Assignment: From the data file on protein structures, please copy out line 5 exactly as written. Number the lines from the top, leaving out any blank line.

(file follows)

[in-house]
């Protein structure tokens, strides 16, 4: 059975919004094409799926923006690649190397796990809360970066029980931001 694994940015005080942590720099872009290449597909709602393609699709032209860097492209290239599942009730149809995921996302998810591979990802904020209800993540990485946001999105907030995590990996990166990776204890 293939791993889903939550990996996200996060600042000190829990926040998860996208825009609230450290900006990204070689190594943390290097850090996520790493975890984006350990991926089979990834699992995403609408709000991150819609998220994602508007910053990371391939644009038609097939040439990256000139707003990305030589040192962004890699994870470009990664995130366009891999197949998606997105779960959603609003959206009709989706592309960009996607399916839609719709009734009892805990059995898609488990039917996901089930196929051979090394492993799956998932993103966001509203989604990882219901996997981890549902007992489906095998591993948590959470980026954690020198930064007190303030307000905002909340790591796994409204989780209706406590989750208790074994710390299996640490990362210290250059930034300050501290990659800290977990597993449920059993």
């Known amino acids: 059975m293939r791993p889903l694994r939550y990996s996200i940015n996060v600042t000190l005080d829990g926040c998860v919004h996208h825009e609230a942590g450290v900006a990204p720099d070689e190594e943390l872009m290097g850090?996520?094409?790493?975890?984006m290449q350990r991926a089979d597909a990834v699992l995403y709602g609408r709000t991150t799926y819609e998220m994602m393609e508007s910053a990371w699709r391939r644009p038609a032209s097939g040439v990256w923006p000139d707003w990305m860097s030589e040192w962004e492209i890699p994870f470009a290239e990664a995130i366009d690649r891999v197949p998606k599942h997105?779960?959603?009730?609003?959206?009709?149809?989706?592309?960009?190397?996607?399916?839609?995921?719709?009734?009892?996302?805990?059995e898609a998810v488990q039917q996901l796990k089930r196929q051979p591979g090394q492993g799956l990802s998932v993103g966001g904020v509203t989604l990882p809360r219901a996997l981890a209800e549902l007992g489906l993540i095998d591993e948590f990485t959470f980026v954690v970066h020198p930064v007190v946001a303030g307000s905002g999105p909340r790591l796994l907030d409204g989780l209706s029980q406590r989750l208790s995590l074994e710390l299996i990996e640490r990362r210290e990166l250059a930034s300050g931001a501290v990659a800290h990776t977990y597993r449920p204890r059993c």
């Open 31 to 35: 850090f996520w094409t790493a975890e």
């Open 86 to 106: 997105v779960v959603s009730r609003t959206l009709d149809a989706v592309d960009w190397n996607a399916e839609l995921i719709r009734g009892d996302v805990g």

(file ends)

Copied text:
């Open 86 to 106: 997105v779960v959603s009730r609003t959206l009709d149809a989706v592309d960009w190397n996607a399916e839609l995921i719709r009734g009892d996302v805990g």